God made a promise and provision to redeem and restore his creation
But Athanasius then asks a rhetorical question: “What would we say of a good God who obliterates his creation because of corruption?” Since human beings, who were dead in their sin, could not rescue themselves from God’s wrath, God made a promise and provision to redeem and restore his creation. He promised to circumcise the hearts of men so that they could love him with all their hearts. He fulfilled this promise in his Word, who at the fullness of time donned a human body to satisfy God’s wrath against humankind (Genesis 3:15; Deuteronomy 30:6; John 1:1-3, 14; Romans 5:6-8).
God did not abandon his creation to corruption because he is gracious. Man’s disobedience had led to his disunity from the divine. Yet, by law and through grace, man’s relationship with God is restored through the death of God’s Son. In Christ alone, ‘the full penalty for sin was paid’ by hanging on a tree (Galatians 3:13). God’s justice was satisfied when Christ Jesus’ blood was shed by the hands of those he came to save. What a way of love! The writers of old referred to this as an “economy of redemption.”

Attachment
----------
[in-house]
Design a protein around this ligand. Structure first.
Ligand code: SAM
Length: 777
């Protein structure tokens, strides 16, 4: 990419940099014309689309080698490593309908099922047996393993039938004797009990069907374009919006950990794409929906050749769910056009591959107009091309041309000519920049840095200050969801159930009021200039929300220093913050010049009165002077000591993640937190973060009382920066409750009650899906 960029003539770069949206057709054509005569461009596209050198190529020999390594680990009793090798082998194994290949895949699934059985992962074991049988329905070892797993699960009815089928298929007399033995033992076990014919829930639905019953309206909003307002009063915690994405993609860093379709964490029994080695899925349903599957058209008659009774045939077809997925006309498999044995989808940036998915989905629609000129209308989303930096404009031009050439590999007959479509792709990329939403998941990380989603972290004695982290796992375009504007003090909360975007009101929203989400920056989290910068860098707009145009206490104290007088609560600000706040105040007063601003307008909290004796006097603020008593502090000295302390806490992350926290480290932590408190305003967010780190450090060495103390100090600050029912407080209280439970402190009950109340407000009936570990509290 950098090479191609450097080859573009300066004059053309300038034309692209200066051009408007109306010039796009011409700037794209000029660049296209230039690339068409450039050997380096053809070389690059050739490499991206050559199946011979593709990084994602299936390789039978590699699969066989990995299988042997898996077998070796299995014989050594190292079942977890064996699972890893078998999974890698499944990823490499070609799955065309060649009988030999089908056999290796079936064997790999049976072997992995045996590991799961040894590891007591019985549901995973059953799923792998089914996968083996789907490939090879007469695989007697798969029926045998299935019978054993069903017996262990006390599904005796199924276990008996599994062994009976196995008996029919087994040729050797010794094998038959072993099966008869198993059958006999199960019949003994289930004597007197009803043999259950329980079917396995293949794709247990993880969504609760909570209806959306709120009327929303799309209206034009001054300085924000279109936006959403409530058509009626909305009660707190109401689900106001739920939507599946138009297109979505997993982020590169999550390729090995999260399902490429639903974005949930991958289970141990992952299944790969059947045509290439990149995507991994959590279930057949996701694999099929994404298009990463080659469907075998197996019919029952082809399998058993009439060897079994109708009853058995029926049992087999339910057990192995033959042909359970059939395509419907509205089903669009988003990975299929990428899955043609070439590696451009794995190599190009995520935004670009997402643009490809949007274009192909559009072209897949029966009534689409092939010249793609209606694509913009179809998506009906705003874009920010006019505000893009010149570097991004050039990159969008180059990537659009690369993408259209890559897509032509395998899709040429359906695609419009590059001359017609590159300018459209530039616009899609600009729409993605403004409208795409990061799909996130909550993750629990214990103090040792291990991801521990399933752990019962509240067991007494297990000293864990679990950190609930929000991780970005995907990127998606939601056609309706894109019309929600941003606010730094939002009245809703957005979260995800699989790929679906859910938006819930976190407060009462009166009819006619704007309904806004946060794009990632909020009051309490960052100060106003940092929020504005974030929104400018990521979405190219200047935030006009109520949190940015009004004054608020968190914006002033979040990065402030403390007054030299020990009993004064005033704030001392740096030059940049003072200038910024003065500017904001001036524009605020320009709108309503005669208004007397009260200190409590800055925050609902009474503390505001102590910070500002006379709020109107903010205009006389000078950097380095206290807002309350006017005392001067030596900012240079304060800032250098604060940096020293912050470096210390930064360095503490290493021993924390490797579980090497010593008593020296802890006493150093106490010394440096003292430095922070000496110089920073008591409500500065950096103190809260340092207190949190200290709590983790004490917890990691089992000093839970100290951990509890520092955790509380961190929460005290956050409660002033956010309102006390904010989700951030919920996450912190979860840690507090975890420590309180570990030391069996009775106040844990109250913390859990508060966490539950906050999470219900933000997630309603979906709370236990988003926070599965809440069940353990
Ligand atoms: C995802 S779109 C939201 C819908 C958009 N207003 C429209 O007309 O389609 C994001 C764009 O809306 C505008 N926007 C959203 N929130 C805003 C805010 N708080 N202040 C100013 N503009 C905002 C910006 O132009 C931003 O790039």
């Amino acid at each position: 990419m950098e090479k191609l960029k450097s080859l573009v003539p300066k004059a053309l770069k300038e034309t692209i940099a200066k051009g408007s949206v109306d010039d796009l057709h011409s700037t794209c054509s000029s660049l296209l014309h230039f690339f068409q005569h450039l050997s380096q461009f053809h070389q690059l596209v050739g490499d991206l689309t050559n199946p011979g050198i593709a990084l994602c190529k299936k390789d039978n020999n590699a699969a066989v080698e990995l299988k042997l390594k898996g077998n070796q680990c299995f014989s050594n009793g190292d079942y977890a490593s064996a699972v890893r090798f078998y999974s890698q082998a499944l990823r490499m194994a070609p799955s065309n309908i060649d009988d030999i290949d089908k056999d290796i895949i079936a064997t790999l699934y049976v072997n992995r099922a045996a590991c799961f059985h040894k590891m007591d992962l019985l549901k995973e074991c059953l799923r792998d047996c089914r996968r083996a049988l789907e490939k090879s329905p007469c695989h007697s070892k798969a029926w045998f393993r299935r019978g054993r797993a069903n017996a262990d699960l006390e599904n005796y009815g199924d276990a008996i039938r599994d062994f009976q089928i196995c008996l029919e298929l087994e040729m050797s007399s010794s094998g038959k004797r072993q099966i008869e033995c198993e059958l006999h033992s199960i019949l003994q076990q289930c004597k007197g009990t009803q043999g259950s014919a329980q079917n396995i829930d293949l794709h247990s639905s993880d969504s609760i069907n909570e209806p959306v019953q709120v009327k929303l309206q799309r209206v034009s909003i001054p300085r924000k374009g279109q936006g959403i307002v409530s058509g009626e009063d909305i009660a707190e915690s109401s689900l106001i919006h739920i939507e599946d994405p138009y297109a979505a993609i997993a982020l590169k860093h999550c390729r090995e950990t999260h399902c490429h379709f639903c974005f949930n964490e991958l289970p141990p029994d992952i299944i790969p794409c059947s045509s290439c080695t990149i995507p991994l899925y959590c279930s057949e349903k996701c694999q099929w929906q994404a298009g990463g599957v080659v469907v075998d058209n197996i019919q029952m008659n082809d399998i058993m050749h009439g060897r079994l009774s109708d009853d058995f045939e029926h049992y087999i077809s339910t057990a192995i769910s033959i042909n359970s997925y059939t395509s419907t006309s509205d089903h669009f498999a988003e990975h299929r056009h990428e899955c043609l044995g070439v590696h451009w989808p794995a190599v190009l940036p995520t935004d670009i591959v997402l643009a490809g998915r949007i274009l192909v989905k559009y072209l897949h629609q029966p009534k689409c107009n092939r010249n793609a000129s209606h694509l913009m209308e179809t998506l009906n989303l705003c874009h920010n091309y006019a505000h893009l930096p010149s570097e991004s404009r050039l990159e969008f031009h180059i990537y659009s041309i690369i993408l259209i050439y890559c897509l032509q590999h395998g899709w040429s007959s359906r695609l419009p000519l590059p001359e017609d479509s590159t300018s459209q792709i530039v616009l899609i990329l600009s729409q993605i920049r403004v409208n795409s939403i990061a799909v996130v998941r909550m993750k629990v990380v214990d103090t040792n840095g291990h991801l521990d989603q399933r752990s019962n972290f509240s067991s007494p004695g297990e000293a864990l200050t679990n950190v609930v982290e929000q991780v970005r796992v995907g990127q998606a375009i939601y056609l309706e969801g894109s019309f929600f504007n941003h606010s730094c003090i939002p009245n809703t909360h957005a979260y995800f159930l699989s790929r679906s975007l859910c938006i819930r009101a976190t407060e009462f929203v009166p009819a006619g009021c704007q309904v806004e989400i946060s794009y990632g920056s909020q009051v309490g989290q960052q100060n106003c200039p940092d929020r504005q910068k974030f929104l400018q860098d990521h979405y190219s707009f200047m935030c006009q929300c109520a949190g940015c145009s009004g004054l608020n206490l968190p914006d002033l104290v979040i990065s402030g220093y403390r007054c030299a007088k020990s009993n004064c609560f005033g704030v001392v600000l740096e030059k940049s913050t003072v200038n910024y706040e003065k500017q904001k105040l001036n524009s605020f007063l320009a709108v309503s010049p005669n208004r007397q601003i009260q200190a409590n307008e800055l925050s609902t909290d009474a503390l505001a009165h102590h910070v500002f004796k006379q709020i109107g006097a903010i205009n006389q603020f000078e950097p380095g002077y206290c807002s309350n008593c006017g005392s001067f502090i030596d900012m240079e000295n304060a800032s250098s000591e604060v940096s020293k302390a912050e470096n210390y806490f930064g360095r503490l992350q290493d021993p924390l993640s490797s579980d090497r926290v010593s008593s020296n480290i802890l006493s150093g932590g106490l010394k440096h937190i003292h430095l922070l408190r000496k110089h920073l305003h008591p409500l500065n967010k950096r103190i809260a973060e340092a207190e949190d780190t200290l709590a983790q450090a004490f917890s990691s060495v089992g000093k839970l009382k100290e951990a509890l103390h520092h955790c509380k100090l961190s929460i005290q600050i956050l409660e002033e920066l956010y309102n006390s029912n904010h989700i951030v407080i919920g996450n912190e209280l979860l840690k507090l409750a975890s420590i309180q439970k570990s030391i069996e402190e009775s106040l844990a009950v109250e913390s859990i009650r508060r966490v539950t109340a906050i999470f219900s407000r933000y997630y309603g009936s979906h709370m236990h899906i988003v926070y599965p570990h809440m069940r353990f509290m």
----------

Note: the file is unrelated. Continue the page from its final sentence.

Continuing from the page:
The Great Hope: Life Conquers Death
But he who is life cannot succumb to death. Christ defeated death and in his victory we hope. In Christ we live, move, and have our being. Death does not have the last word. The Nicene Creed reads, “Christ Jesus crucified for us under Pontius Pilate; he suffered and was buried; and the third day he rose again, according to the Scriptures; and ascended into heaven, and sits at the right hand of the Father.”